Canada lacks a statutory foreign human intelligence collection service and, as such, has historically relied on the Department of External Affairs (now Global Affairs Canada) to collect a breadth of foreign information and intelligence, though these activities are of somewhat diminished importance as other government agencies ramp up cooperation with their own international counterparts. Nesbitt does his best to help us understand how the department’s internal, and routinely transforming, bureaus operate, and rightly critiques the department for failing to follow through on promised initiatives, such as a cohesive digital foreign policy strategy. Reading Nesbitt’s description of the department leaves the reader with a sense of dread; while almost every chapter in this volume lays bare significant organizational and human resources difficulties, those in Global Affairs Canada in some ways seem the most dire and most antiquated.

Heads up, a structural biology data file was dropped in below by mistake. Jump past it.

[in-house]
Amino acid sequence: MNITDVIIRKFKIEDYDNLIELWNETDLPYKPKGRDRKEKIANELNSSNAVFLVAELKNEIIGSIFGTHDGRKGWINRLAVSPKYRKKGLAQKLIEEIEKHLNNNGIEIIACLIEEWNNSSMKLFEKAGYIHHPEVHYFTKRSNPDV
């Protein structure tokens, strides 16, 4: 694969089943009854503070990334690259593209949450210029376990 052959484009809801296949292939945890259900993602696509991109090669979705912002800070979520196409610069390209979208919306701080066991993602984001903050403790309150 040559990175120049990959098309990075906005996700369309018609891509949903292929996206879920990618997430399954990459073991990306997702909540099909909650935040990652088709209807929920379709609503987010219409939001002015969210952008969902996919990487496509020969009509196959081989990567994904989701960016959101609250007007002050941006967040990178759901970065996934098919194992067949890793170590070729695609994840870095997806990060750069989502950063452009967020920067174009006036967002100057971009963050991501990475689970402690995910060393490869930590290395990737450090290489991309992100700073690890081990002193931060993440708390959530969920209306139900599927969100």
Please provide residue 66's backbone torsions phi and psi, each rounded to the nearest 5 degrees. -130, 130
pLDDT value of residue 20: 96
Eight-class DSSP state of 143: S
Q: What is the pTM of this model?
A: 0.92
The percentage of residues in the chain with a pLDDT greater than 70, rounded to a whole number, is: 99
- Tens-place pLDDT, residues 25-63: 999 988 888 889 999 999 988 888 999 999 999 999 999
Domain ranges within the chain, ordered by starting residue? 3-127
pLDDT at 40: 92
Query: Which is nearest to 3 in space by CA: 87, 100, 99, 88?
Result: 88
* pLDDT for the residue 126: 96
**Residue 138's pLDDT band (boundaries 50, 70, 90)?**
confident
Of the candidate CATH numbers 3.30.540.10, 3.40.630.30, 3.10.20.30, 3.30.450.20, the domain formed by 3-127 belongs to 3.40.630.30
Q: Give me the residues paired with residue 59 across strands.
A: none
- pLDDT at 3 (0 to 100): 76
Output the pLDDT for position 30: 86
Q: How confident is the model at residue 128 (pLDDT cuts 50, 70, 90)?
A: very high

Forcese and Poirier walk through how the ‘government’s lawyers’ (i.e., Justice Canada) are involved in national security cases, with an almost stern discussion of the professionalism requirements placed on all Justice lawyers involved in national security. Forcese, in particular, raises serious concerns about how Justice lawyers develop opinions about the law and its contours in the national security space. He worries that the current processes run the risk of creating a kind of secret law that could—charitably—produce “outcomes that those outside of government may find difficult to understand” (246). I agree with his assessments and concerns wholeheartedly.